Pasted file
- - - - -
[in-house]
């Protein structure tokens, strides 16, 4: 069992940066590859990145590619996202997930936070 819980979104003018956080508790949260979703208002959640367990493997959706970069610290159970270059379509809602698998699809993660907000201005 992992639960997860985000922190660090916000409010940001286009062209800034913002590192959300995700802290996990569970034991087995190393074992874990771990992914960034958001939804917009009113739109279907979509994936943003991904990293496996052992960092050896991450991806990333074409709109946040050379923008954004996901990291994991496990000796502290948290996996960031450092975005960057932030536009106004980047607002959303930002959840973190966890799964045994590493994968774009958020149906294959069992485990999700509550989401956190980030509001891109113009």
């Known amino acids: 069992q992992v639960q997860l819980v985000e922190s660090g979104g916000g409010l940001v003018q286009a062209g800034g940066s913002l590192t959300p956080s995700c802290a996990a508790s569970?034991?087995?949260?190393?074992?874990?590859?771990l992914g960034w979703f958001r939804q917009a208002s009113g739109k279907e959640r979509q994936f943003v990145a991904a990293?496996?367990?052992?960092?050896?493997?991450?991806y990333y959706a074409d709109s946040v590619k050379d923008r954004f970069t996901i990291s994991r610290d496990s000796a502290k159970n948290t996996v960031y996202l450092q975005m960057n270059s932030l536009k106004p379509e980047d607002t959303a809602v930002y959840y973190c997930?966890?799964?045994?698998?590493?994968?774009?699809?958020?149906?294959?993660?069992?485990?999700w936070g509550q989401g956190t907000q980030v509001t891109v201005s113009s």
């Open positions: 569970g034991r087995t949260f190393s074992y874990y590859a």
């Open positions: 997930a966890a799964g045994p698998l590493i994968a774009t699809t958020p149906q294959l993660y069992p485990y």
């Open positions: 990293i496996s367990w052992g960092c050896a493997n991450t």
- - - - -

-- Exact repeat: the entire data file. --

[in-house]
């Protein structure tokens, strides 16, 4: 069992940066590859990145590619996202997930936070 819980979104003018956080508790949260979703208002959640367990493997959706970069610290159970270059379509809602698998699809993660907000201005 992992639960997860985000922190660090916000409010940001286009062209800034913002590192959300995700802290996990569970034991087995190393074992874990771990992914960034958001939804917009009113739109279907979509994936943003991904990293496996052992960092050896991450991806990333074409709109946040050379923008954004996901990291994991496990000796502290948290996996960031450092975005960057932030536009106004980047607002959303930002959840973190966890799964045994590493994968774009958020149906294959069992485990999700509550989401956190980030509001891109113009």
């Known amino acids: 069992q992992v639960q997860l819980v985000e922190s660090g979104g916000g409010l940001v003018q286009a062209g800034g940066s913002l590192t959300p956080s995700c802290a996990a508790s569970?034991?087995?949260?190393?074992?874990?590859?771990l992914g960034w979703f958001r939804q917009a208002s009113g739109k279907e959640r979509q994936f943003v990145a991904a990293?496996?367990?052992?960092?050896?493997?991450?991806y990333y959706a074409d709109s946040v590619k050379d923008r954004f970069t996901i990291s994991r610290d496990s000796a502290k159970n948290t996996v960031y996202l450092q975005m960057n270059s932030l536009k106004p379509e980047d607002t959303a809602v930002y959840y973190c997930?966890?799964?045994?698998?590493?994968?774009?699809?958020?149906?294959?993660?069992?485990?999700w936070g509550q989401g956190t907000q980030v509001t891109v201005s113009s």
């Open positions: 569970g034991r087995t949260f190393s074992y874990y590859a």
């Open positions: 997930a966890a799964g045994p698998l590493i994968a774009t699809t958020p149906q294959l993660y069992p485990y």
């Open positions: 990293i496996s367990w052992g960092c050896a493997n991450t």